Increased concentrations of ammonia, nitrogen, phosphorus, and fecal bacteria are being found in parts of the North Bosque River, Upper North Bosque River, and the Leon River. A positive correlation appears to exist between waste concentrations from dairies and the decline of water quality in the surrounding area.
Through funding provided by the U.S. Environmental Protection Agency and Texas Commission on Environmental Quality; the Texas Water Resources Institute and Texas Cooperative Extension are working in a joint effort to expand the market for dairy compost from the Stephenville, Texas area. To support this effort, the Texas Commission on Environmental Quality is administering an incentive program for public entities that purchase dairy compost. By establishing a sustainable market for this natural manure product, the dairy producer, end-user, and environment benefit.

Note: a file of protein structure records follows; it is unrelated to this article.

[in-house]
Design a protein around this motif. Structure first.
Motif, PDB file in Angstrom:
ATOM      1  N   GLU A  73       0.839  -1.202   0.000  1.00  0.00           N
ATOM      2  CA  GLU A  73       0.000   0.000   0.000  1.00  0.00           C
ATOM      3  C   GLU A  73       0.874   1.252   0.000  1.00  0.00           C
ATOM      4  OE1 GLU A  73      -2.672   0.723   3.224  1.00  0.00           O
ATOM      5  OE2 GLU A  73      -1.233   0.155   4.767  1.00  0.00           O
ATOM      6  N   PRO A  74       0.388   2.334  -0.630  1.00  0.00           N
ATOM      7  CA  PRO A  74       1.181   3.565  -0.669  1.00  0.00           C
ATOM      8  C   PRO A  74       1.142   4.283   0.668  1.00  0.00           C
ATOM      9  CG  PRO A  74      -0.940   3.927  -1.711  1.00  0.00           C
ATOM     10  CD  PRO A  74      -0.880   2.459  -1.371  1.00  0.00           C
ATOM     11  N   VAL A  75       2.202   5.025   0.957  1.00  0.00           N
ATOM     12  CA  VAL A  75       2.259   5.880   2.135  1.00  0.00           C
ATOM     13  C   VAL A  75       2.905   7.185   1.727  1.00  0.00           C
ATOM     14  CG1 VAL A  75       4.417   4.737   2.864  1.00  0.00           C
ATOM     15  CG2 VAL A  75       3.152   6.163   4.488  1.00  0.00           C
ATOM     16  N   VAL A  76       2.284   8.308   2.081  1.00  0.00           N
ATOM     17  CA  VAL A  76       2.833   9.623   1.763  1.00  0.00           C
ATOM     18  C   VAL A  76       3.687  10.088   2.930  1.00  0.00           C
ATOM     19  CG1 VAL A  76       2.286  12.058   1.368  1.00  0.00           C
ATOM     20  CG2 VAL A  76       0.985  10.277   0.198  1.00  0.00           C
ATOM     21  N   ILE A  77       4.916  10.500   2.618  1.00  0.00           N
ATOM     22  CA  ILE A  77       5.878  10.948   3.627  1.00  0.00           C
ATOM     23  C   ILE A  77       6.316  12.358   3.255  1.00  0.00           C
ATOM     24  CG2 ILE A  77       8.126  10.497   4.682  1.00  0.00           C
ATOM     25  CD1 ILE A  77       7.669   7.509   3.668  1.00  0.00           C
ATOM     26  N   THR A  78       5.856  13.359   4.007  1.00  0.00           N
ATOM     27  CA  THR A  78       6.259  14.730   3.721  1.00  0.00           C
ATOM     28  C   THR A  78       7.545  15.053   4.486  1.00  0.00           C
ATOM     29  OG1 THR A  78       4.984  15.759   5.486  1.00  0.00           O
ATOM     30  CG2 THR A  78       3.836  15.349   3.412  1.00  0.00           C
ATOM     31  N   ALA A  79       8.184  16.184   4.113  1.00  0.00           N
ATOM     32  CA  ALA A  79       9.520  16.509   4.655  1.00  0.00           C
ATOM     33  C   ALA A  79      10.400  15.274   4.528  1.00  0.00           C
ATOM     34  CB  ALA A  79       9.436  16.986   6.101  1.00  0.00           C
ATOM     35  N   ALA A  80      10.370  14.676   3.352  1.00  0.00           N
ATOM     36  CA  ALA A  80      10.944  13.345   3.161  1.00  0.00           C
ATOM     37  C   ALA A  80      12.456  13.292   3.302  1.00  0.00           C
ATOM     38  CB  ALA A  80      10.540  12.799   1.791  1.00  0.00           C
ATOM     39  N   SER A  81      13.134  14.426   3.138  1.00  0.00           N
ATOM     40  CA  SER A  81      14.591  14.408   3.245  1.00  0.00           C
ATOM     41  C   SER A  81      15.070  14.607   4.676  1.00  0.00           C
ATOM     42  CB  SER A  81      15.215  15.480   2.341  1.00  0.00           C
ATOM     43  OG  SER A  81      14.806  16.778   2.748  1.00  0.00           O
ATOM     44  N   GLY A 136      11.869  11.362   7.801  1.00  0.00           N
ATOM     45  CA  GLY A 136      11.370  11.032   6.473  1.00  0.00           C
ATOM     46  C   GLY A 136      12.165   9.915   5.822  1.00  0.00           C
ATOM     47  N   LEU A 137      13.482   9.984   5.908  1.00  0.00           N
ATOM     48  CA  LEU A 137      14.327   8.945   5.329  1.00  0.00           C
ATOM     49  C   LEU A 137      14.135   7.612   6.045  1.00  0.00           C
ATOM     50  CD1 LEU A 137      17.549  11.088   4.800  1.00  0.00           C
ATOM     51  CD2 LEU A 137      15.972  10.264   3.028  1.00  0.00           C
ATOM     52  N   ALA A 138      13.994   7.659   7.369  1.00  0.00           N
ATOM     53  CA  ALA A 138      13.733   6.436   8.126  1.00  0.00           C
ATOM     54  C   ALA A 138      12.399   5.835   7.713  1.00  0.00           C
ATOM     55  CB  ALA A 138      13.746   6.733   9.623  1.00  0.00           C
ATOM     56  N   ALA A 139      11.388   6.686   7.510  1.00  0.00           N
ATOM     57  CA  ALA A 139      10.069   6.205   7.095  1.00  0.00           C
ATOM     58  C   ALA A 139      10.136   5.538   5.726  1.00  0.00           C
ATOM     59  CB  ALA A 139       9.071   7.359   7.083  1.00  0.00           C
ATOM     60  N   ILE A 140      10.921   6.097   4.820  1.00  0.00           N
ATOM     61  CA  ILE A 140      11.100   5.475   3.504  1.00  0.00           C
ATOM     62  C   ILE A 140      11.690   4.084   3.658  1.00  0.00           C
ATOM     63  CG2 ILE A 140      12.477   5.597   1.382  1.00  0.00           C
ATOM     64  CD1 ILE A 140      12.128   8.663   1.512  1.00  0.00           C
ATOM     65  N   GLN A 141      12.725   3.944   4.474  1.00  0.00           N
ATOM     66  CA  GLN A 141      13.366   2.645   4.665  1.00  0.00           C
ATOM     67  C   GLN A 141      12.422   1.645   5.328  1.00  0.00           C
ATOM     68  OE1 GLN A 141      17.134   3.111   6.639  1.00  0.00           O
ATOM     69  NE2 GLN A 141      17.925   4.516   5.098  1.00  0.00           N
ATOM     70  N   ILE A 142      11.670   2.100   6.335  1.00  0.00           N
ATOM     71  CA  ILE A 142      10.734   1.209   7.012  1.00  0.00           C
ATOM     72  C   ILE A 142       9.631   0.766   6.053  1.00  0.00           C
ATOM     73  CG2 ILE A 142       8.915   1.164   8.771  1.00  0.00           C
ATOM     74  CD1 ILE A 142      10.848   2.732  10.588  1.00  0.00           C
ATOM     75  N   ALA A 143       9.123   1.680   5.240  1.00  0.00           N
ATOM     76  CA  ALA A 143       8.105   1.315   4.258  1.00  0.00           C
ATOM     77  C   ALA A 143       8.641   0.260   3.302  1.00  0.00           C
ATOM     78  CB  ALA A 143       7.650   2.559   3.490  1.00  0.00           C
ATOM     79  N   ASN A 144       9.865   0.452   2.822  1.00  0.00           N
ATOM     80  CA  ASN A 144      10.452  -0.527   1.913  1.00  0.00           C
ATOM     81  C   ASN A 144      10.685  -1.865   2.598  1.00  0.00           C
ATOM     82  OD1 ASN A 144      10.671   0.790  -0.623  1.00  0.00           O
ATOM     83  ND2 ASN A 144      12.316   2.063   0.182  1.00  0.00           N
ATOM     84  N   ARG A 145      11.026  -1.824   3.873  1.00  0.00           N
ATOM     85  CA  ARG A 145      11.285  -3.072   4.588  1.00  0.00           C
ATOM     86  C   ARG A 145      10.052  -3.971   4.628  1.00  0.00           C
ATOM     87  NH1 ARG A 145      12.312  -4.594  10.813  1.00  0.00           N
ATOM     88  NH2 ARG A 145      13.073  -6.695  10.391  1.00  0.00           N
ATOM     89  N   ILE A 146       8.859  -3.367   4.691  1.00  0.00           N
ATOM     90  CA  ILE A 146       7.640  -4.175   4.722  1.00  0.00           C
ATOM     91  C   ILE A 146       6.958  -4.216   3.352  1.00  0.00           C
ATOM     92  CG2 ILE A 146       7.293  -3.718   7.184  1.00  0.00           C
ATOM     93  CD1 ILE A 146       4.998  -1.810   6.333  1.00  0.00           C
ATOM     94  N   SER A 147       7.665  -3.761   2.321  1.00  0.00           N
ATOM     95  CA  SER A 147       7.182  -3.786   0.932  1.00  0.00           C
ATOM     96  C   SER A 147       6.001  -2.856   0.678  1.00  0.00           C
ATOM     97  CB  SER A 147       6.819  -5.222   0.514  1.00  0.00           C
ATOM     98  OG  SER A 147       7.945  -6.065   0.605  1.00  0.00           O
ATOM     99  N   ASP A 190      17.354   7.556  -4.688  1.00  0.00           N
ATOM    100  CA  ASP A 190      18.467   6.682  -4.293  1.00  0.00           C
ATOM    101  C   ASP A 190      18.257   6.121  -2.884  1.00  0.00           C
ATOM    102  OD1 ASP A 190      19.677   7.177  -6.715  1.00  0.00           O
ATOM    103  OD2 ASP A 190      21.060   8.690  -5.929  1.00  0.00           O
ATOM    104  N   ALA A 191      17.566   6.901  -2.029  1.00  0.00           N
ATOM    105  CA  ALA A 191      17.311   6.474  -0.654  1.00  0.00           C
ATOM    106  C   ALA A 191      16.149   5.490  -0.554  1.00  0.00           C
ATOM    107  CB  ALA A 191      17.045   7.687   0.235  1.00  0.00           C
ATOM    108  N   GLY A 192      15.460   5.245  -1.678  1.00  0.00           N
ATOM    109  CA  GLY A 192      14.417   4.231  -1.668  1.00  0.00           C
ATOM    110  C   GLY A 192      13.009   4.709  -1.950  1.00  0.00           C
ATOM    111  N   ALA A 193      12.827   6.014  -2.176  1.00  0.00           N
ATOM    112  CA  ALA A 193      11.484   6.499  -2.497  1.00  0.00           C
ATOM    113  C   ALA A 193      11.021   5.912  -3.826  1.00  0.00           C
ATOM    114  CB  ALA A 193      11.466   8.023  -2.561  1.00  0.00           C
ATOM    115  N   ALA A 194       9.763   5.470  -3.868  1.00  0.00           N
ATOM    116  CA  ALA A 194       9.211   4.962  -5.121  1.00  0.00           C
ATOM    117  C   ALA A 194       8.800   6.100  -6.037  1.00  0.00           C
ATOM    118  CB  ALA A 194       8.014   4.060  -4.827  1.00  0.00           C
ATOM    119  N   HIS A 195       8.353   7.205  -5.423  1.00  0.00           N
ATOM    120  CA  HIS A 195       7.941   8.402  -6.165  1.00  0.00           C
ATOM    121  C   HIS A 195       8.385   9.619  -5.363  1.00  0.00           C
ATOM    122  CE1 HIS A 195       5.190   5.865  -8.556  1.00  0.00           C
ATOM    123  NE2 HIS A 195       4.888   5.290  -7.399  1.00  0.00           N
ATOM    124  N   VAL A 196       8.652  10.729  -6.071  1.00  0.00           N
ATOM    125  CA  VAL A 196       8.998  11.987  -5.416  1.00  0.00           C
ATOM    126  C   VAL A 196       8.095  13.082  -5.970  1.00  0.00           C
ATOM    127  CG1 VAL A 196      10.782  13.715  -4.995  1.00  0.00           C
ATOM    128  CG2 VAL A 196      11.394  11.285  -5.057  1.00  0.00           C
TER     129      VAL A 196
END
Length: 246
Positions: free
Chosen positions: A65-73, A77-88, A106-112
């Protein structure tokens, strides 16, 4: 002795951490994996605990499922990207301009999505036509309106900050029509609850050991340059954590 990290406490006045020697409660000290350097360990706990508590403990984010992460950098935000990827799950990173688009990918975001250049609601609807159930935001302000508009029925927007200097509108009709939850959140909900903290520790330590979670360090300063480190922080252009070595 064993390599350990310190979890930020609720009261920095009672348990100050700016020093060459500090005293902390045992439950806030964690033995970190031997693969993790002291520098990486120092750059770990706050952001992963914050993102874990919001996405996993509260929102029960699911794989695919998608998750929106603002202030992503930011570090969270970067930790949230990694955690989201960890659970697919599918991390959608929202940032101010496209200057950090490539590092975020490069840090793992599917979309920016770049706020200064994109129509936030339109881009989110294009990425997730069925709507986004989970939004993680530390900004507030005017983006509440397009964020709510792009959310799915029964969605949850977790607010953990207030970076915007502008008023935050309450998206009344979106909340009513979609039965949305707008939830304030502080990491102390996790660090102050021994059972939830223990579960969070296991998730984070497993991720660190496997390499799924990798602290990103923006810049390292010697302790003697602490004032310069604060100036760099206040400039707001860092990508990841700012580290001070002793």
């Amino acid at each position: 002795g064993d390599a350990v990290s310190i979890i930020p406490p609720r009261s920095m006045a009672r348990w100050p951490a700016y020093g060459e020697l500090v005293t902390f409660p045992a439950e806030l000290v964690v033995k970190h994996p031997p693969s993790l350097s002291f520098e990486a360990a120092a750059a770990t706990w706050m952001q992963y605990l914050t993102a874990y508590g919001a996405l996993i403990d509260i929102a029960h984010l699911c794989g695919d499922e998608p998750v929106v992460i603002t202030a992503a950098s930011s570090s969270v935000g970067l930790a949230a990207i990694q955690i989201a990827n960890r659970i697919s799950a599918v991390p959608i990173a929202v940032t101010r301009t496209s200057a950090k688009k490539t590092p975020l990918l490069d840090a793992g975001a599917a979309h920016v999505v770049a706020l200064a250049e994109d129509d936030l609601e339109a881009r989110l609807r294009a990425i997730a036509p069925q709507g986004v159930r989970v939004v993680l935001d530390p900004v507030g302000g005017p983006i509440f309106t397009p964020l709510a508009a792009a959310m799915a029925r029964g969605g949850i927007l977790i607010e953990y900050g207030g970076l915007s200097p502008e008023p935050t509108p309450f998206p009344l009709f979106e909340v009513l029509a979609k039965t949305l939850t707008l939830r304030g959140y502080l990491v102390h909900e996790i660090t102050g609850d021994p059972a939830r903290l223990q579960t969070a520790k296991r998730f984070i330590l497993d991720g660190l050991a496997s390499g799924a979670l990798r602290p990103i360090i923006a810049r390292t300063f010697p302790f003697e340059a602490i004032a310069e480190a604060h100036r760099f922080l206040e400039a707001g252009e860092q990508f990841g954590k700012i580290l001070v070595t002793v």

Dairy compost is an organic soil amendment created from dairy manure. Large portions of plant nutrients ingested by cows appear in the manure and its compost, which, like other compost, can be applied to gardens, fields, or yards to improve soil structure and fertility.